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Gastroenterology. 2014 Jan;146(1):166-75. doi: 10.1053/j.gastro.2013.09.020. Epub 2013 Sep 18.

Endogenous regulation of visceral pain via production of opioids by colitogenic CD4(+) T cells in mice.

Author information

1
INSERM Unité 1043, Toulouse, France; CNRS, U5282, Toulouse, France; Centre de Physiopathologie de Toulouse Purpan, Université de Toulouse UPS, Toulouse, France.
2
INSERM Unité 913, Nantes, France; Institut des Maladies de l'Appareil Digestif, Université de Nantes, Nantes, France.
3
INSERM Unité 1043, Toulouse, France; CNRS, U5282, Toulouse, France; Centre de Physiopathologie de Toulouse Purpan, Université de Toulouse UPS, Toulouse, France; Department of Pharmacology and Physiology, University of Calgary, Calgary, Alberta, Canada.
4
INSERM Unité 1043, Toulouse, France; CNRS, U5282, Toulouse, France; Centre de Physiopathologie de Toulouse Purpan, Université de Toulouse UPS, Toulouse, France. Electronic address: gilles.dietrich@inserm.fr.

Abstract

BACKGROUND & AIMS:

A dysregulated response of CD4(+) T cells against the microbiota contributes to the development of inflammatory bowel disease. Effector CD4(+) T cells, generated in response to microbe-derived antigens, can reduce somatic inflammatory pain through the local release of opioids. We investigated whether colitogenic CD4(+) T cells that accumulate in the inflamed colon also produce opioids and are able to counteract inflammation-induced visceral pain in mice.

METHODS:

Colitis was induced via transfer of naive CD4(+)CD45RB(high) T cells to immune-deficient mice or by administration of dextran sulfate sodium. Mice without colitis were used as controls. Samples of colon tissue were collected, and production of opioids by immune cells from inflamed intestine was assessed by quantitative polymerase chain reaction and cytofluorometry analyses. The role of intestinal opioid tone in inflammation-induced visceral hypersensitivity was assessed by colorectal distention.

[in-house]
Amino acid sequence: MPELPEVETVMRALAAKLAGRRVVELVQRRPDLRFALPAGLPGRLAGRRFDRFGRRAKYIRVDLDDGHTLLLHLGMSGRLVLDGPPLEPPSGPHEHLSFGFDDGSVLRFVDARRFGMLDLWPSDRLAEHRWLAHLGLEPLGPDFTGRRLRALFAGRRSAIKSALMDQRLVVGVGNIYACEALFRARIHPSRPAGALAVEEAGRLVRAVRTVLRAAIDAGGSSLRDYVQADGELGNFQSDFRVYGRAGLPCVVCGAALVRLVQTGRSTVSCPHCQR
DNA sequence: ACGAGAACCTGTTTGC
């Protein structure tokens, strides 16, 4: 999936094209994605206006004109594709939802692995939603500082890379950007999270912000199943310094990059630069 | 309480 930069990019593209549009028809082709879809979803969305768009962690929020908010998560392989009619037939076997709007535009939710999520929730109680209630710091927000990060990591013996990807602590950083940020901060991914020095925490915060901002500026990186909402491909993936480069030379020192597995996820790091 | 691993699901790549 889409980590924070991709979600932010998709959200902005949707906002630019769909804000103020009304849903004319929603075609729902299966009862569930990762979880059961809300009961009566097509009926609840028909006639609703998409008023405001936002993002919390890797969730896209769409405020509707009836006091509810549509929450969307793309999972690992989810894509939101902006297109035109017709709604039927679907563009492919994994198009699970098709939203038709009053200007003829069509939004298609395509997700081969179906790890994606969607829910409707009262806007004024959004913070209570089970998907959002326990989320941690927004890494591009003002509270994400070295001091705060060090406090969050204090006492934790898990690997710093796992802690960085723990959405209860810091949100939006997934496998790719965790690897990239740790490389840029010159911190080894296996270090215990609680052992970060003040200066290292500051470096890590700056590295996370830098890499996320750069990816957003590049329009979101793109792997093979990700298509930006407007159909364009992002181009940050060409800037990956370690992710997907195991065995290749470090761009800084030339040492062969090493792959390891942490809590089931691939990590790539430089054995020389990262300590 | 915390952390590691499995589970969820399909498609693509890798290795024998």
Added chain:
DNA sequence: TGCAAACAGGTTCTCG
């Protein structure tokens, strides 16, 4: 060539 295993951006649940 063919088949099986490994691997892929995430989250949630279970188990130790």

RESULTS:

In mice with T cell- or dextran sulfate sodium-induced colitis, colitogenic CD4(+) T cells (T-helper 1 and Th17 cells) accumulated in the inflamed intestine and expressed a high level of endogenous opioids. In contrast, macrophages and epithelial cells did not express opioids; opioid synthesis in the myenteric plexus was not altered on induction of inflammation. In mice with colitis, the local release of opioids by colitogenic CD4(+) T cells led to significant reduction of inflammation-associated visceral hypersensitivity.

CONCLUSIONS:

In mice, colitogenic Th1 and Th17 cells promote intestinal inflammation and colonic tissue damage but have simultaneous opioid-mediated analgesic activity, thereby reducing abdominal pain.

KEYWORDS:

4′,6-diamidino-2-phenylindole; CBA; Cytometric Bead Array; DAPI; DSS; FCS; HPRT; IBD; IFN; IL; Ig; Mouse Model; Mucosal Immunity; OVA; PBS; PDYN; PENK; POMC; T-helper; Th; UC; Visceral Sensitivity; dextran sulfate sodium; fetal calf serum; hypoxanthine phosphoribosyltransferase; immunoglobulin; inflammatory bowel disease; interferon; interleukin; mAb; mRNA; messenger RNA; monoclonal antibody; ovalbumin; phosphate-buffered saline; prodynorphin; proenkephalin; proopiomelanocortin

PMID:
24055279
DOI:
10.1053/j.gastro.2013.09.020
[Indexed for MEDLINE]

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